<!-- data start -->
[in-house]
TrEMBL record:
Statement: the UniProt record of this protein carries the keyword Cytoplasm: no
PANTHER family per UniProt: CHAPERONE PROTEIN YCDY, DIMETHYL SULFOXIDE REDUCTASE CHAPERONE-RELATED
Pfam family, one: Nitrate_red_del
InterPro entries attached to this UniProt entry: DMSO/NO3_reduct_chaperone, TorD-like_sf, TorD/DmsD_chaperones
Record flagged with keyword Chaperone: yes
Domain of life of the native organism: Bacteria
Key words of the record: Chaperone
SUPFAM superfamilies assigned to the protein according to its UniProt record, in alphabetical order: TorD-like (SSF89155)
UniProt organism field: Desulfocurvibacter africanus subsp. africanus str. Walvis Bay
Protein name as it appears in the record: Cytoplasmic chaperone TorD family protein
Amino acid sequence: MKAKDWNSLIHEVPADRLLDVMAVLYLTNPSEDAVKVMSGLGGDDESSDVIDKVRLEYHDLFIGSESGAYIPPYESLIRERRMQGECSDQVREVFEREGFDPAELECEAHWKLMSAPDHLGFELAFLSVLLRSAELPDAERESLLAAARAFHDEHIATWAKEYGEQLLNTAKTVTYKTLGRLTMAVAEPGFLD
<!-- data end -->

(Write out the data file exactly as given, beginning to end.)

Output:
[in-house]
TrEMBL record:
Statement: the UniProt record of this protein carries the keyword Cytoplasm: no
PANTHER family per UniProt: CHAPERONE PROTEIN YCDY, DIMETHYL SULFOXIDE REDUCTASE CHAPERONE-RELATED
Pfam family, one: Nitrate_red_del
InterPro entries attached to this UniProt entry: DMSO/NO3_reduct_chaperone, TorD-like_sf, TorD/DmsD_chaperones
Record flagged with keyword Chaperone: yes
Domain of life of the native organism: Bacteria
Key words of the record: Chaperone
SUPFAM superfamilies assigned to the protein according to its UniProt record, in alphabetical order: TorD-like (SSF89155)
UniProt organism field: Desulfocurvibacter africanus subsp. africanus str. Walvis Bay
Protein name as it appears in the record: Cytoplasmic chaperone TorD family protein
Amino acid sequence: MKAKDWNSLIHEVPADRLLDVMAVLYLTNPSEDAVKVMSGLGGDDESSDVIDKVRLEYHDLFIGSESGAYIPPYESLIRERRMQGECSDQVREVFEREGFDPAELECEAHWKLMSAPDHLGFELAFLSVLLRSAELPDAERESLLAAARAFHDEHIATWAKEYGEQLLNTAKTVTYKTLGRLTMAVAEPGFLD